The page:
Amid the SPX's monthly close in new all-time-high territory, investors should note that short interest on SPX component names remains elevated, including a noticeable 4.1% pop in the last reporting period (mid-February). When the short interest data was gathered, the SPX had already lifted roughly 3% off its late-January low, which was the reporting period that preceded the mid-January level. This would suggest that short covering was not the driver off the late-January lows, although cautious hedge fund managers may have increased short exposure coincident with scooping up stocks they like on the latest dip.

Elevated short interest levels amid strong price action has been a theme that we have discussed repeatedly during the past several months. To our astonishment, this is a subject matter that remains firmly in place, even with most major benchmarks in new all-time-high territory. In other words, there are still many investors fighting the market's advance and/or approaching the market with a lot of caution. We find it interesting that SPX component short interest as of mid-February is up 9.5% year-over-year, coincident with the SPX's advance of roughly 22% in the same time period. Elevated short interest levels should keep declines in check, as short covering could put a floor on additional declines or at least prevent panic-selling episodes among those using short position as hedges to long positions.

Short Interest Remains High -- Caution Remains

SPX February Open Interest Configuration

With only 39% of retail investors surveyed expressing a bullish view in the latest American Association of Individual Investors (AAII) weekly survey, it appears institutional money is pushing the market higher. In fact, our options analysis suggests some hedge funds could be increasing stock exposure, even as they stay committed to short positions.

One thing we continue to monitor is the level of put buying relative to call buying on exchange-traded funds (ETFs) created to mirror major equity benchmarks. When the ratio of put buying to call buying is moving higher -- as it has been of late -- it is usually a sign that hedged money is shifting into equities, which has had bullish implications. Additionally, we have seen CBOE Volatility Index (VIX - 14.00) futures call buying increase relative to put buying since mid-February, and VIX calls are another tool for hedging. The ratio of VIX call buying to put buying rolled over just ahead of the pullback in January.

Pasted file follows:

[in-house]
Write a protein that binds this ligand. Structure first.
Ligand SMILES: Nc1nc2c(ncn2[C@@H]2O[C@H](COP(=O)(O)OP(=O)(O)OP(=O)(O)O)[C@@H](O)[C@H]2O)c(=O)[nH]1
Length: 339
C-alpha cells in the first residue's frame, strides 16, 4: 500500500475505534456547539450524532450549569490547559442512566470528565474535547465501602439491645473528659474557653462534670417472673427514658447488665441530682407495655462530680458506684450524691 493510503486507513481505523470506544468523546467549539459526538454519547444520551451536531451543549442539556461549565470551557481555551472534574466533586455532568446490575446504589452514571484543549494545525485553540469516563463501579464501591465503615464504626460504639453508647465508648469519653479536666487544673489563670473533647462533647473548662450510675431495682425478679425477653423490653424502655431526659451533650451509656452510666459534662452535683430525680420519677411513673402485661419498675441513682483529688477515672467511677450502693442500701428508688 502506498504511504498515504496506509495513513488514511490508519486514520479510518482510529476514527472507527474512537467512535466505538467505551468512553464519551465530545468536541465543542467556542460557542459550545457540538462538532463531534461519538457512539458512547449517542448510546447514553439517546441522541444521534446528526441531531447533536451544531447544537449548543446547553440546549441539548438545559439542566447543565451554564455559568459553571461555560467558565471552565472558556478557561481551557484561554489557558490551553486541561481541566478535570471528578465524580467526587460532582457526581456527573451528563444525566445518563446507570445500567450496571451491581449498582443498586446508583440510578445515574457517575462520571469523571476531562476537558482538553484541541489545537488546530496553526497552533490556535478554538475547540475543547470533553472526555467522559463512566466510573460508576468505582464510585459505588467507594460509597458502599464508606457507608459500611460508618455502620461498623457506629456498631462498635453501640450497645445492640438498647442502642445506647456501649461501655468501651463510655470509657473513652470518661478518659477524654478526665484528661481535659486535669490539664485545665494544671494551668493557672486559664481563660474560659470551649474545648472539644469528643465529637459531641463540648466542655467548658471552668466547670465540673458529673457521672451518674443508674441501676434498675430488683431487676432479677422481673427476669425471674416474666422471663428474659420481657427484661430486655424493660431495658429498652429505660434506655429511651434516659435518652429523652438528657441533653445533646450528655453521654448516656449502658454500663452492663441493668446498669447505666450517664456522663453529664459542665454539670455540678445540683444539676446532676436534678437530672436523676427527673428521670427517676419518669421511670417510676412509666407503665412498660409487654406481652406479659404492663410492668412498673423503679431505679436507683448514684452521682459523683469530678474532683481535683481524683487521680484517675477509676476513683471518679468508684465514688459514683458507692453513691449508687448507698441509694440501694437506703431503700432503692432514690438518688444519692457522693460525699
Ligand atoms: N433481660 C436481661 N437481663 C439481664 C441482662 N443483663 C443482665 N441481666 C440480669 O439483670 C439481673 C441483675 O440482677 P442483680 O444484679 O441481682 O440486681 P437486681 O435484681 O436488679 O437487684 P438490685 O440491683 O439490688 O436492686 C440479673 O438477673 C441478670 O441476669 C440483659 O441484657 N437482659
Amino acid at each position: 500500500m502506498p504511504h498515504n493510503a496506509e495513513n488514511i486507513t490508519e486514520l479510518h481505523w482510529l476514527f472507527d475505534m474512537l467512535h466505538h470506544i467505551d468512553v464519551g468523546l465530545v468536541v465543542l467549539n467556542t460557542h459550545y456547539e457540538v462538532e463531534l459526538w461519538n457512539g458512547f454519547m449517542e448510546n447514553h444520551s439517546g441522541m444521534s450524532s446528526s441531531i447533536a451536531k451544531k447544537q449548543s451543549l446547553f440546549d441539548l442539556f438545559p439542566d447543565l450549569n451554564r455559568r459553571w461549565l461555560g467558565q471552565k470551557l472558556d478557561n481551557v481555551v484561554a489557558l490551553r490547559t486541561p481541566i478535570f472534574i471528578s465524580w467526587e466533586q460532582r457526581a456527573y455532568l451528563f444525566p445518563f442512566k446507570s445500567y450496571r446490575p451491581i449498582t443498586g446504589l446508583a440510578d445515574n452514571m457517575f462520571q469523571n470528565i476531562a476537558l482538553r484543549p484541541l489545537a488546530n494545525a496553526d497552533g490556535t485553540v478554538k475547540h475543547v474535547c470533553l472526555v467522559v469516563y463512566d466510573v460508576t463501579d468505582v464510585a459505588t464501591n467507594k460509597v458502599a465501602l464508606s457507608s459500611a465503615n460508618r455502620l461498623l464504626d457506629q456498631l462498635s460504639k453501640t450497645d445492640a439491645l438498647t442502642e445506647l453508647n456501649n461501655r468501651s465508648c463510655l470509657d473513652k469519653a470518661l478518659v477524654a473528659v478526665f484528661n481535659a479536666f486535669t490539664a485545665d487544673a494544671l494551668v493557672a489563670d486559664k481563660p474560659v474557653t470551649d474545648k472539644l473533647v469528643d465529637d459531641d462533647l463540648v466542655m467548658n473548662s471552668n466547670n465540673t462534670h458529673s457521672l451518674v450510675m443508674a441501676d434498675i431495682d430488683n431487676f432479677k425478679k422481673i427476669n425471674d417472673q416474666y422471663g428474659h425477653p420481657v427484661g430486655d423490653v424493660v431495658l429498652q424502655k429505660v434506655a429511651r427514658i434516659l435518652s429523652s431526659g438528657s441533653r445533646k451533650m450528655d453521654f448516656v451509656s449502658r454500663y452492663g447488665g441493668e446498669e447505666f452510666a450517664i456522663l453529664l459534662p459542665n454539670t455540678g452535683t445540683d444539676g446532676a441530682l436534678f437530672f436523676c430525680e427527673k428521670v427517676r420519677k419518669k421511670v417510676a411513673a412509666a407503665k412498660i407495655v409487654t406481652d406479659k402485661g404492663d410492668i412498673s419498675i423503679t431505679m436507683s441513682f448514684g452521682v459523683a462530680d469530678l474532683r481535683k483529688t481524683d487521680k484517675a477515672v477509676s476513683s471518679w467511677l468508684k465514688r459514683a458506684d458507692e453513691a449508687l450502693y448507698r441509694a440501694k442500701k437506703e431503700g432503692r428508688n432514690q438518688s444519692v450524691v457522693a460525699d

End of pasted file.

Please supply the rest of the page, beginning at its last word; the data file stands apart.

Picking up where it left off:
Hedged money moving into equities?

Put buying on equity-index ETFs is increasing relative to call activity, coincident with markets moving higher -- a sign that hedged money may be moving into stocks in a cautious manner

20-Day Buy-to-Open Put/Call Ratio on Equity-Index ETFs Since January 2013

Finally, bulls might find it encouraging that the VIX still has a ways to go before getting into the 12 area that in 2013 and early this year preceded short-term market weakness. The SPX moved into new record-high territory, so some might expect that the VIX would be lower than it is at present. But keep in mind that the market has been more volatile, as historical volatility recently peaked in the 16 area, twice the single-digit lows of December and January. Additionally, uncertainty related to the tensions regarding Russia and Ukraine is likely inflating the VIX at present. In fact, more than 500,000 VIX calls traded on Friday, and this was likely investors looking for protection against this uncertain outcome.

The key is that considerable caution exists, whether it is related to China, the Fed and uncertainty with respect to our own economy, or political uncertainty overseas. Such caution has transpired into protection-type trades among professional investors that should limit declines. Plus, frightening headlines have left many would-be investors behind, who are likely to support this market in the future.

VIX -- room to decline after SPX's technical breakout

Daily Chart of VIX Since January 2013